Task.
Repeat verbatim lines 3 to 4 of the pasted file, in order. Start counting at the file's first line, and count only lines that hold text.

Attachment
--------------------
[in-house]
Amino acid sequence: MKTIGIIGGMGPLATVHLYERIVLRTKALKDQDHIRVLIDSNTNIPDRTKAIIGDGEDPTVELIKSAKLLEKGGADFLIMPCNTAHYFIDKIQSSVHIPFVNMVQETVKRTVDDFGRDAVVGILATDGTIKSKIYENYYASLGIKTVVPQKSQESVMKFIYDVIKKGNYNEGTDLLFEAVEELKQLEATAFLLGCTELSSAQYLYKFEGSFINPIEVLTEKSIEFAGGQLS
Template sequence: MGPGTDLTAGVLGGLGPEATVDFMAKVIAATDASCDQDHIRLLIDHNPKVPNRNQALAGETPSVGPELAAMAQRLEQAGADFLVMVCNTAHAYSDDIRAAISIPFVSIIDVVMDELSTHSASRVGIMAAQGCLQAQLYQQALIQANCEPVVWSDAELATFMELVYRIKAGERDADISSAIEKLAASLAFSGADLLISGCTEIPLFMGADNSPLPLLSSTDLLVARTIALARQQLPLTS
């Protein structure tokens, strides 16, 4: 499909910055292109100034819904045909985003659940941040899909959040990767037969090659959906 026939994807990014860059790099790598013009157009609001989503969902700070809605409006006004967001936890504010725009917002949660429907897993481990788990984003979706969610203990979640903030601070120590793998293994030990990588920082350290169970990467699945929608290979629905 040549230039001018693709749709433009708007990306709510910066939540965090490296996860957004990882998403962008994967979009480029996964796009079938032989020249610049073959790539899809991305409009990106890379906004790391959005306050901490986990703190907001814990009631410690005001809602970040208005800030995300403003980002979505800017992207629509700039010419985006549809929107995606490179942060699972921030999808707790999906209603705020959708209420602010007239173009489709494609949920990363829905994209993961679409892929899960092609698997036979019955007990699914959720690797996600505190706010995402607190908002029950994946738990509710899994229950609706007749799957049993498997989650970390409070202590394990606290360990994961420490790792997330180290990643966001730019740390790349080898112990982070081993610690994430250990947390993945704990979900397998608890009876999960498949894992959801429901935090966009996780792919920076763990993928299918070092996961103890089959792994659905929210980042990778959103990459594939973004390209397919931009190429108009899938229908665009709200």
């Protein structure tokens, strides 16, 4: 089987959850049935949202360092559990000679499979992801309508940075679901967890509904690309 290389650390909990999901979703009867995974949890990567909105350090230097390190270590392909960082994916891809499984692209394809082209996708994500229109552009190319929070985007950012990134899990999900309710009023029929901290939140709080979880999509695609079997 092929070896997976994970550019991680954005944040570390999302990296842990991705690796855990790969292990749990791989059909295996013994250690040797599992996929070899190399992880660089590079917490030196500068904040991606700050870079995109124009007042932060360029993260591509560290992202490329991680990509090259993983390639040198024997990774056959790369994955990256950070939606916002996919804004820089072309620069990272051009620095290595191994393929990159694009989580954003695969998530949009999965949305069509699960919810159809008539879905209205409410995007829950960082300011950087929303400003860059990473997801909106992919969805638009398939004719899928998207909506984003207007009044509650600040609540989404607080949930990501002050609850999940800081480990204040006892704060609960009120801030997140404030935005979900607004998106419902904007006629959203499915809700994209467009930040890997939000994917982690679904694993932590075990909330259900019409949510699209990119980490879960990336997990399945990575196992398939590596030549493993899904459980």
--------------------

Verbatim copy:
Template sequence: MGPGTDLTAGVLGGLGPEATVDFMAKVIAATDASCDQDHIRLLIDHNPKVPNRNQALAGETPSVGPELAAMAQRLEQAGADFLVMVCNTAHAYSDDIRAAISIPFVSIIDVVMDELSTHSASRVGIMAAQGCLQAQLYQQALIQANCEPVVWSDAELATFMELVYRIKAGERDADISSAIEKLAASLAFSGADLLISGCTEIPLFMGADNSPLPLLSSTDLLVARTIALARQQLPLTS
């Protein structure tokens, strides 16, 4: 499909910055292109100034819904045909985003659940941040899909959040990767037969090659959906 026939994807990014860059790099790598013009157009609001989503969902700070809605409006006004967001936890504010725009917002949660429907897993481990788990984003979706969610203990979640903030601070120590793998293994030990990588920082350290169970990467699945929608290979629905 040549230039001018693709749709433009708007990306709510910066939540965090490296996860957004990882998403962008994967979009480029996964796009079938032989020249610049073959790539899809991305409009990106890379906004790391959005306050901490986990703190907001814990009631410690005001809602970040208005800030995300403003980002979505800017992207629509700039010419985006549809929107995606490179942060699972921030999808707790999906209603705020959708209420602010007239173009489709494609949920990363829905994209993961679409892929899960092609698997036979019955007990699914959720690797996600505190706010995402607190908002029950994946738990509710899994229950609706007749799957049993498997989650970390409070202590394990606290360990994961420490790792997330180290990643966001730019740390790349080898112990982070081993610690994430250990947390993945704990979900397998608890009876999960498949894992959801429901935090966009996780792919920076763990993928299918070092996961103890089959792994659905929210980042990778959103990459594939973004390209397919931009190429108009899938229908665009709200």